Arts and Crafts Weekend in SF

Hustle and bustle on the floor
Arts & Crafts Weekend - Northern California August 2008
More Heintz pieces offered by David Surgan of
Bauer Pottery offered by J. Sylvester S. of Cone and Ball Antiques & Design in Eugene, Oregon
Nice Stickley buffet with great strap-hinged doors.
A fine Leopold Stickley bookcase.  Note the keyed tenon construction!

A beautiful Heintz mushroom lamp offered by David Surgan of
A sampling of Art Pottery
Jennifer Strauss (Style 1900 Magazine) and Eliane Talec (Rago Auctions)

While visiting San Francisco over the weekend, I was fortunate to learn the 14th annual Arts & Crafts Show was within walking distance from the flat my wife and I rented. I’ve read excellent reviews of this event in Style 1900 and American Bungalow magazine and was exited to attend.

The Concourse Exhibition Center was a perfect venue with an exposed wood beam ceiling and warm lighting. There were numerous booths containing antique and newly made furniture, architectural items, metalware, textiles, art pottery, books, and other items inspired by the American and British Arts & Crafts Movement.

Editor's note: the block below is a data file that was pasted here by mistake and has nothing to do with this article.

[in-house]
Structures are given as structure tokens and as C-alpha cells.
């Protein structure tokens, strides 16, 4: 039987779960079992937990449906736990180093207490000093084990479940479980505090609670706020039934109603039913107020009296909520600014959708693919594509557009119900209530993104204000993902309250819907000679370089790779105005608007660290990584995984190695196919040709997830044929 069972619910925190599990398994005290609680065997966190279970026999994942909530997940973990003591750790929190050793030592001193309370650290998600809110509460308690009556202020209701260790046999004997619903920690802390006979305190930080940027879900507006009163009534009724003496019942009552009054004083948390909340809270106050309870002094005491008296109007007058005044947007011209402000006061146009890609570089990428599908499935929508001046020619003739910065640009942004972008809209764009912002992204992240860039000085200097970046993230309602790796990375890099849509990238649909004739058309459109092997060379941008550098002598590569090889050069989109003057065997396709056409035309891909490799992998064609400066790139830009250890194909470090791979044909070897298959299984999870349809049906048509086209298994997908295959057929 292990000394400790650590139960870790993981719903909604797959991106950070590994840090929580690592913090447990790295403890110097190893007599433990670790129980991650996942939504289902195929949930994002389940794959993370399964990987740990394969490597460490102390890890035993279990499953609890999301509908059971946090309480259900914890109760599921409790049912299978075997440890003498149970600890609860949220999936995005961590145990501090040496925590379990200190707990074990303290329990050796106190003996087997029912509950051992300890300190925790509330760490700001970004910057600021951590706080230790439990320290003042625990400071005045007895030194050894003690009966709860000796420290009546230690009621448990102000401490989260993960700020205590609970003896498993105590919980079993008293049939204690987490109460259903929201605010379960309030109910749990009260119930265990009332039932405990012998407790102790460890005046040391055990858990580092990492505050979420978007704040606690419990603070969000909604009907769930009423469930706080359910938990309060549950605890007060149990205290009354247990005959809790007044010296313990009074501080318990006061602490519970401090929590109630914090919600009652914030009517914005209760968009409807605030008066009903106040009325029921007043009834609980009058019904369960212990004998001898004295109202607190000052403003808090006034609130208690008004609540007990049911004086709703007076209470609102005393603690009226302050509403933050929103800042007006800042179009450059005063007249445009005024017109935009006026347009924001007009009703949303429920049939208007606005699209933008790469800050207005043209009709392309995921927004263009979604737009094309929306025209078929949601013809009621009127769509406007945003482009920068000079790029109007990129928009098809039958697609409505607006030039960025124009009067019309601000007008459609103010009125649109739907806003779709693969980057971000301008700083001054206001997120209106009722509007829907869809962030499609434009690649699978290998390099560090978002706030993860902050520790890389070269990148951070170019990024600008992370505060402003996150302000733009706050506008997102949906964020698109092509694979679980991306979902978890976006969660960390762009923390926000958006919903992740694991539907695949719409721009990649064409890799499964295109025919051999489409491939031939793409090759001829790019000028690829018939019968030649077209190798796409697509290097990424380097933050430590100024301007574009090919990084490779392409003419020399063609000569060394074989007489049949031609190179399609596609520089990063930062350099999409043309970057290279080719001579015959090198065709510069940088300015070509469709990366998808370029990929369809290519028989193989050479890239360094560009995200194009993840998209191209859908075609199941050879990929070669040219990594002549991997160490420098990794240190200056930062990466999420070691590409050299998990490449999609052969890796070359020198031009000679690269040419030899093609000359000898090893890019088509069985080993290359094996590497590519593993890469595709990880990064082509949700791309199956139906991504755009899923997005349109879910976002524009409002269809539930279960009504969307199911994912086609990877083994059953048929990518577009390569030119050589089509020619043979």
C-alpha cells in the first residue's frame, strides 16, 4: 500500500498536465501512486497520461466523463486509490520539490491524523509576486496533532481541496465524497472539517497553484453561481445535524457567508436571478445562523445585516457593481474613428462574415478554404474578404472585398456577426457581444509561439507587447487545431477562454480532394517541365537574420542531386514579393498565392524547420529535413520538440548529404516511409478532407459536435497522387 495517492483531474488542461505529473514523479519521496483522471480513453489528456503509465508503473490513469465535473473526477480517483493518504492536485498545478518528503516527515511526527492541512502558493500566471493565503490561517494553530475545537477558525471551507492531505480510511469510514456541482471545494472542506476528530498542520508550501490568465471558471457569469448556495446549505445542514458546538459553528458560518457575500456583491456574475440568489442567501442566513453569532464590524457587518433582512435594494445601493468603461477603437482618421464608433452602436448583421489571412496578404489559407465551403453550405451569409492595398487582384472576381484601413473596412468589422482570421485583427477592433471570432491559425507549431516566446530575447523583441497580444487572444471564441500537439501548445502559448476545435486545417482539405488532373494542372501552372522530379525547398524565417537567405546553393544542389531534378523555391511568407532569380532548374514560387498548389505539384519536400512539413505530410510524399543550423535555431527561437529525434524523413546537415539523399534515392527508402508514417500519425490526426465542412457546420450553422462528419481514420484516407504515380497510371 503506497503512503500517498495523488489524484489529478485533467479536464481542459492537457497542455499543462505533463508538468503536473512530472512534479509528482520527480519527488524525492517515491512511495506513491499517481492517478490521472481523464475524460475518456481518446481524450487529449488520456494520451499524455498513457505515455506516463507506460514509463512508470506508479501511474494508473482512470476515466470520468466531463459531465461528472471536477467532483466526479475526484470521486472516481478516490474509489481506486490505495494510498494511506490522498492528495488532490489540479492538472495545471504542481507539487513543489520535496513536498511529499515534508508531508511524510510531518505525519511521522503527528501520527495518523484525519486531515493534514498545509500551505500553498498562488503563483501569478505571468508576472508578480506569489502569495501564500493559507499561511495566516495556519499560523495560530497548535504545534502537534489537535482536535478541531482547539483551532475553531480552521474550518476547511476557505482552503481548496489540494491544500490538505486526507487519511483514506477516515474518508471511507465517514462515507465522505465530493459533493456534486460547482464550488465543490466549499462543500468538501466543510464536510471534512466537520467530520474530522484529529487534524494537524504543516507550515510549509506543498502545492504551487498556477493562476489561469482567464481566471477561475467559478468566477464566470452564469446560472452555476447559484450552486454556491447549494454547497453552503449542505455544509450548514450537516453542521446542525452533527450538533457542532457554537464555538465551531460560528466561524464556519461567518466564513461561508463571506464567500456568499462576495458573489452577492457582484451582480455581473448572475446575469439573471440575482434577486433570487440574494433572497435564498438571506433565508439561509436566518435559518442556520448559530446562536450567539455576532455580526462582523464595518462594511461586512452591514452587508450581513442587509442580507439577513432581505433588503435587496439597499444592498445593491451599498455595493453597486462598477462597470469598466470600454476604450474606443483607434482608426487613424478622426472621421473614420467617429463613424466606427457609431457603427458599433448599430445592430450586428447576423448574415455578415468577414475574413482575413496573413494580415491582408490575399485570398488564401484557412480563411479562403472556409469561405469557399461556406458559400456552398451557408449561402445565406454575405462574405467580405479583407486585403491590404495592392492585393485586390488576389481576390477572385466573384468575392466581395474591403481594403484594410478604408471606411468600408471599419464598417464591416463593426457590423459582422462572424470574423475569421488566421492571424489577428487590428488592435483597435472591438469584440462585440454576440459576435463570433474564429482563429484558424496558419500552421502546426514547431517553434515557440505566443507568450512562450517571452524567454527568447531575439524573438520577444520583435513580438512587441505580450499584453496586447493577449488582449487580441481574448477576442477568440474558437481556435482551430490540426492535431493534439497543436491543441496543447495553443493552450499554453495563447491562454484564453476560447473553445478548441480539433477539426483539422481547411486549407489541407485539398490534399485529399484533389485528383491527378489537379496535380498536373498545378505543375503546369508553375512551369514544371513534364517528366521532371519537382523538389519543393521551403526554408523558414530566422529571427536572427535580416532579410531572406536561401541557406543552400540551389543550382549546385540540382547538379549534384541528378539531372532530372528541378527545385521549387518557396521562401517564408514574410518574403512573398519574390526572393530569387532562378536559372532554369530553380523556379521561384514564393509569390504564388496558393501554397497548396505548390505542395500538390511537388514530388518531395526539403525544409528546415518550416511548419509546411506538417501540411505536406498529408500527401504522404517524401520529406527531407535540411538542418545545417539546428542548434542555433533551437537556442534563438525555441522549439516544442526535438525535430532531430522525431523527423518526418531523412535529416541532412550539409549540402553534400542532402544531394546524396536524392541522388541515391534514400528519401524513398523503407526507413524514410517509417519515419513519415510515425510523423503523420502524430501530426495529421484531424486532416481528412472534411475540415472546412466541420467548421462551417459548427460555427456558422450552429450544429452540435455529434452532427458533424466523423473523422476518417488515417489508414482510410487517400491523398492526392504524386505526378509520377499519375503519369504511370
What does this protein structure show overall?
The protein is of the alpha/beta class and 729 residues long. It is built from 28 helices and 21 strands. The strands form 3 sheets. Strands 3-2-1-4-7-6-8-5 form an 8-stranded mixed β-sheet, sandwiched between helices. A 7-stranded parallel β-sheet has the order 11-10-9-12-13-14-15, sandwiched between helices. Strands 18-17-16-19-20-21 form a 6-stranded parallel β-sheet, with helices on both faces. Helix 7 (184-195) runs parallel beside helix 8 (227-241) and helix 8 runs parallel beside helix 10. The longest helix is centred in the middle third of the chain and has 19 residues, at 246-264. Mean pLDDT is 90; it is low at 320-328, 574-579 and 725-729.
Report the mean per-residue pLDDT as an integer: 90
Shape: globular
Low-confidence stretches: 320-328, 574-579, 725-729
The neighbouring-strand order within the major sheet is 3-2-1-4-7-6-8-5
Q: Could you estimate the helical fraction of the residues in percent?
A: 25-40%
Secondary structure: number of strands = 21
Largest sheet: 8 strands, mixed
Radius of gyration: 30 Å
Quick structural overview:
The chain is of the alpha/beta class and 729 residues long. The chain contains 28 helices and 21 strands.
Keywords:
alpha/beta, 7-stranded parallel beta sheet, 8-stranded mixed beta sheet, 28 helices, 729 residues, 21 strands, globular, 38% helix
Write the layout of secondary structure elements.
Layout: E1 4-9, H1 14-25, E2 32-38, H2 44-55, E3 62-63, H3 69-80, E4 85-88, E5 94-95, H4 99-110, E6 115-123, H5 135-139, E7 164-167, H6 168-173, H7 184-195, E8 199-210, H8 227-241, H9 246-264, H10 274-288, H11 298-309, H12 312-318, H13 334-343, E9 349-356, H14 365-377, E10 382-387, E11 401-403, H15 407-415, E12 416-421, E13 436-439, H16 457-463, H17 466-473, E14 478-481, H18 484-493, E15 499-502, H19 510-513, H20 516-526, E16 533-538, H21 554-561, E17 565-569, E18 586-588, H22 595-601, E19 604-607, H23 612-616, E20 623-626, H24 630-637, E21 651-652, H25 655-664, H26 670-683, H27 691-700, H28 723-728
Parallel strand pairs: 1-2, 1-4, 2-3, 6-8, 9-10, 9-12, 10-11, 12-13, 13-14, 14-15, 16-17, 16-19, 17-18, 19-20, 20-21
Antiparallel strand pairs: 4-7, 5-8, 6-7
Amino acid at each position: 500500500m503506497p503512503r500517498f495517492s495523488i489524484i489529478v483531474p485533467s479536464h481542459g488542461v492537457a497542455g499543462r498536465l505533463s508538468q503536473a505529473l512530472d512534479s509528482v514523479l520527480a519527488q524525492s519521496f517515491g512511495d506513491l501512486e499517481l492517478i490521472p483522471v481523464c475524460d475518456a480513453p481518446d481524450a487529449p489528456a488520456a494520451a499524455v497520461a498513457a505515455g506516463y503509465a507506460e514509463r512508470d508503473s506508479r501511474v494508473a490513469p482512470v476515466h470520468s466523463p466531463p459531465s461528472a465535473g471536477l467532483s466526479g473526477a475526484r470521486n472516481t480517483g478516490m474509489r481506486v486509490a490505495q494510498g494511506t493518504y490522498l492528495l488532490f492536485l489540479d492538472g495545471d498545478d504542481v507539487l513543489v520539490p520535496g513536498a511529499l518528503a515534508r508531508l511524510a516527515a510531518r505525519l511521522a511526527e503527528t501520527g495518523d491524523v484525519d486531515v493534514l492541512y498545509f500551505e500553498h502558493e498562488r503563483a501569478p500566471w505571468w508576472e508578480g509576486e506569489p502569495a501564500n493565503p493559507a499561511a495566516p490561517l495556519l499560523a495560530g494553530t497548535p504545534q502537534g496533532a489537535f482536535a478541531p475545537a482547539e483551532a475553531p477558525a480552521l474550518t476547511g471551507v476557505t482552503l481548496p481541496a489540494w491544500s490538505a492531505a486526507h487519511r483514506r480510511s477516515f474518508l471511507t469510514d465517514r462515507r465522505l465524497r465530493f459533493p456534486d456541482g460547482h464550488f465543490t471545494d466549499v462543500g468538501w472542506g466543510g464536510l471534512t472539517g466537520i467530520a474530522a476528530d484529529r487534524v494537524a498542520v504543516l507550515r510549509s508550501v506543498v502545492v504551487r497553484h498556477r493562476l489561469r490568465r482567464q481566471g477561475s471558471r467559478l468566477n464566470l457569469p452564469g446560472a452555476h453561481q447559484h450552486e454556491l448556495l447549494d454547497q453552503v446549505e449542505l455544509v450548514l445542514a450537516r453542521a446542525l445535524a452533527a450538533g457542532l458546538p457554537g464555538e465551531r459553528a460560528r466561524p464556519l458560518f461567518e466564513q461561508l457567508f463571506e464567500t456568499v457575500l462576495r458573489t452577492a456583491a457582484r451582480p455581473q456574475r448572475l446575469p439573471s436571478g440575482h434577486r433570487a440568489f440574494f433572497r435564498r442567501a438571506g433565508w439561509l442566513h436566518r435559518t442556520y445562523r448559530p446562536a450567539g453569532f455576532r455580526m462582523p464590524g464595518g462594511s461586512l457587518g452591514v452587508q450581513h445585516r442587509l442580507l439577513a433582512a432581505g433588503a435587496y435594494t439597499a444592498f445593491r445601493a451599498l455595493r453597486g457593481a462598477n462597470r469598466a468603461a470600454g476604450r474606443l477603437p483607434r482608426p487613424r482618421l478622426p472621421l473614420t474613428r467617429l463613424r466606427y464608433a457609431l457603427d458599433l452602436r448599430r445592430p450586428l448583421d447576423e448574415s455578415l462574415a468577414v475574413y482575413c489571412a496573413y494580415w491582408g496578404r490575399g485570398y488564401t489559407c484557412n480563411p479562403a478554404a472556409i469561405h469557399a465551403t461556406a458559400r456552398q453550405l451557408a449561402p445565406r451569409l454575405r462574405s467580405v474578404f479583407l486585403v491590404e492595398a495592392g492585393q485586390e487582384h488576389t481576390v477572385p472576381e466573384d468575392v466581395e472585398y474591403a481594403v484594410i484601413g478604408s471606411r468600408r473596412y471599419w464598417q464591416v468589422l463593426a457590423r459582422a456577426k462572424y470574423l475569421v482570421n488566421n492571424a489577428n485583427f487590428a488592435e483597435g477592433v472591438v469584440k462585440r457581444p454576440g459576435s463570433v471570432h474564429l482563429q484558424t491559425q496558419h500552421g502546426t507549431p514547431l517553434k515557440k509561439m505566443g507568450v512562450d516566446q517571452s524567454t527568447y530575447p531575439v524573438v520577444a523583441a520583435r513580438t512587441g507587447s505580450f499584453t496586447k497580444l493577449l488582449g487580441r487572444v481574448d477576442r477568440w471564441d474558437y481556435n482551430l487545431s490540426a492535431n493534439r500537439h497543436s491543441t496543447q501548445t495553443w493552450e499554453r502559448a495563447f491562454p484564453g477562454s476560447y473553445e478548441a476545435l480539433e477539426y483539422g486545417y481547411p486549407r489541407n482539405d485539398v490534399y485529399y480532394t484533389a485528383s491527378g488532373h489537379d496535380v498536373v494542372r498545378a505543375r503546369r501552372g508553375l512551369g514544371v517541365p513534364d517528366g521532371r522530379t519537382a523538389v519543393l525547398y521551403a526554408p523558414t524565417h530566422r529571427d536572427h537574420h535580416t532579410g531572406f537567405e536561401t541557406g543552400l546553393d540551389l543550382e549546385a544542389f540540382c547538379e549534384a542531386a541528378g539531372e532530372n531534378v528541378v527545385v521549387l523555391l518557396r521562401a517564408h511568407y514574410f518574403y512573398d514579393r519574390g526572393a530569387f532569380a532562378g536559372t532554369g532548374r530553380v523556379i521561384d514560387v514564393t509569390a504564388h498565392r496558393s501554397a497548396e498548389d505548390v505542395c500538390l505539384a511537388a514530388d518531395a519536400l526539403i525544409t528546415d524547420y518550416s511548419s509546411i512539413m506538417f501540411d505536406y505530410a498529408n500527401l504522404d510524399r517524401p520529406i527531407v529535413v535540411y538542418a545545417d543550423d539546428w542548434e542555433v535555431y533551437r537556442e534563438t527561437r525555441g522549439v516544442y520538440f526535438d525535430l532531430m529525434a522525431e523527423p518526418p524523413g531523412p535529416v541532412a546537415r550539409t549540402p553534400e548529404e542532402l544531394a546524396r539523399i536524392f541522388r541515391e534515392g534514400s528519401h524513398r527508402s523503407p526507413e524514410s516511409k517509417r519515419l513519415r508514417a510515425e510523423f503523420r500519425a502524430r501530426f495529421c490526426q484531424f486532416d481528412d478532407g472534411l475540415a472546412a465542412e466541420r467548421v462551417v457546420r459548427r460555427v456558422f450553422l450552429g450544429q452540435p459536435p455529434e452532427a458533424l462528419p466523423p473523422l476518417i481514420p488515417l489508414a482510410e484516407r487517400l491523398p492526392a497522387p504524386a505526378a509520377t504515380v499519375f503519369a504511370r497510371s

One of the first booths I visited was occupied by Eliane M. Talec of David Rago Auctions. Rago is the leading auction house for Arts & Crafts, a sponsor for this event and a partner with WorthPoint. (Check out their completed auction listings in WorthPoint’s Worthopedia). Sharing the booth with Rago Auctions was co-sponsor Jennifer Strauss of Style 1900 Magazine. Style 1900 is an antiques and interiors magazine published by David Rago.

My wife and I are collectors of Bauer pottery and it was a treat to see the numerous pieces of Bauer inventory offered by J. Sylvester S., a contributor for one of my favorite references entitled, “”Collector’s Encyclopedia of Bauer Pottery“.

Another show highlight included exchanging banter with David Surgan, owner of David’s booth contained the largest inventory of Heinz pieces I have seen in person (see images).

The show was not only an opportunity to purchase investment-grade antiques, but to learn about their craftsmanship though conversations with collectors and dealers. There is no substitute for handling an antique in person and everyone I met was eager to share their knowledge.

I was so consumed by meeting new people and perusing booths that did not get a chance to attend the featured lectures.

This show was a wonderful time and a must-see event for anyone interested in antiques and Arts and Crafts.